The first Instance Division on 20 June 2014, as it concluded the session which begun in May 2014, declared that the initial proposed action by the United Republic of Tanzania to construct a high way road across Serengeti National Park was unlawful and an infringement of Articles 5(3)(c) which provides for the promotion of sustainable utilisation of the natural resources of the Partner States and the taking of measures that would effectively protect the natural environment of the Partner States; and others of the Treaty for the Establishment of the East African Community. The Articles provide on the promotion of sustainable utilization of the natural resources of the Partner States and the taking of measures that would effectively protect the natural environment of the Partner States; Action by the Community relating to the environment objectives and Management of Natural Resources.
The Court also granted a permanent injunction restraining Tanzania from operationalizing the action of constructing or maintaining a road across the Serengeti National Park subject to its right to undertake such other programs in future which would not have negative impacts to the environment and ecosystem in the Serengeti National Park.
The Court in its judgment said that the matter raises issues that are today the subject of wide debate across the World, including; environmental protection, sustainable development, environmental rule of Law and the role of the State in policy formulation in matters relating to the environment and natural resources. In addition added that the role of the Court in balancing its interpretation jurisdiction against the needs of ensuring that Partner States are not unduly hindered in their developmental programs.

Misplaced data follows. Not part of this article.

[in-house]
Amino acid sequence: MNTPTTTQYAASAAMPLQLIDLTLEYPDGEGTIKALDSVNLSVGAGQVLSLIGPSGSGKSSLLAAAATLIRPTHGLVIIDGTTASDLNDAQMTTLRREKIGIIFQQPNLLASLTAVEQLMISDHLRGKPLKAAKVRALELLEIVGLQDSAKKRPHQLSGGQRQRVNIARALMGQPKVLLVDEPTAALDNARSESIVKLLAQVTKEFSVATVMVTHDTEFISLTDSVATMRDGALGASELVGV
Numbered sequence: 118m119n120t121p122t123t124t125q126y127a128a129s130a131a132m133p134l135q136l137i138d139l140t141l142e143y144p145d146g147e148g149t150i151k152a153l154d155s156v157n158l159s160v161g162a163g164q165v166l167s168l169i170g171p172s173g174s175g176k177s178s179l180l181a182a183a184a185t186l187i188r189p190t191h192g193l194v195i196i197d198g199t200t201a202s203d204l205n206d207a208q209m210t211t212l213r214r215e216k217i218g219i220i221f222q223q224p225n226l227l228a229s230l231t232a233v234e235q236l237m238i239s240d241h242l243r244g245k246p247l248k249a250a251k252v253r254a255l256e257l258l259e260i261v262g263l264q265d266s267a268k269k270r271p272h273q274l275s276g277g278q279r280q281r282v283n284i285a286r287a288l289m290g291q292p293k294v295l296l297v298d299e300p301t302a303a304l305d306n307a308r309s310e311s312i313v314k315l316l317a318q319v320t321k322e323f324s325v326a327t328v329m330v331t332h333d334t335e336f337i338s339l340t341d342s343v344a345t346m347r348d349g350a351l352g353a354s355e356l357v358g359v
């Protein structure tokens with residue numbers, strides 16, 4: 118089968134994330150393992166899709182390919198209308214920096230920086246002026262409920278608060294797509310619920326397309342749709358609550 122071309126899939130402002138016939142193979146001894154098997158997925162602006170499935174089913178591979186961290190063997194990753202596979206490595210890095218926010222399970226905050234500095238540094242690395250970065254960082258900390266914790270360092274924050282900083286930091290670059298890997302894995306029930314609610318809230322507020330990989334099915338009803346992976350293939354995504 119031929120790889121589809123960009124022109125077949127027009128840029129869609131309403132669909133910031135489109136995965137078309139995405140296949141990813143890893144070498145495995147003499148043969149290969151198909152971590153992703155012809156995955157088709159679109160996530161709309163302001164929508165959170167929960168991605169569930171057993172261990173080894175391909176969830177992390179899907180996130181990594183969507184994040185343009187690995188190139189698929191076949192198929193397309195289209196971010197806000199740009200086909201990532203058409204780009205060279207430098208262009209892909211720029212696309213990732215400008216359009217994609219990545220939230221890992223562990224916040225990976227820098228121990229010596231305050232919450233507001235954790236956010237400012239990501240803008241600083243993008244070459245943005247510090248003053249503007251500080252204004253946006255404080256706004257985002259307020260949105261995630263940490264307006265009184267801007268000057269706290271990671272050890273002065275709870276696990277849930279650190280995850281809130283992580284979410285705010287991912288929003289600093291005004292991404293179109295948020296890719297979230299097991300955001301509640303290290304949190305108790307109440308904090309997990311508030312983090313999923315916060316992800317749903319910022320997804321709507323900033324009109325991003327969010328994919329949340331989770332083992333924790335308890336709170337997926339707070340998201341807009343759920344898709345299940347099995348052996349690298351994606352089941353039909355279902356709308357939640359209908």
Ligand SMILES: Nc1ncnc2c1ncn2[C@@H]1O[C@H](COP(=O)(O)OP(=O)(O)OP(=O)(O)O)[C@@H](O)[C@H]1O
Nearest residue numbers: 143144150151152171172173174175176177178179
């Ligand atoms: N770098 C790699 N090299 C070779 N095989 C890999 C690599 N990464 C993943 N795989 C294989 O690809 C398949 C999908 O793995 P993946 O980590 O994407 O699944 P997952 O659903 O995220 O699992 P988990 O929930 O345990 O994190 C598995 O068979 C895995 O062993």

The Court added that all these issues must however be looked at from the Common thread running through the matter in the need to protect the Serengeti ecosystem for the sake of future generations and whether the road project has potential for causing irreparable damages to the environment. Furthermore the Court in its findings held that according to the orders sought by the Applicants, it is proper to ensure that Tanzania as a Partner State stays within its obligations under the Treaty. The Court therefore ordered each party to pay their own costs because the litigation was in the wider public interest.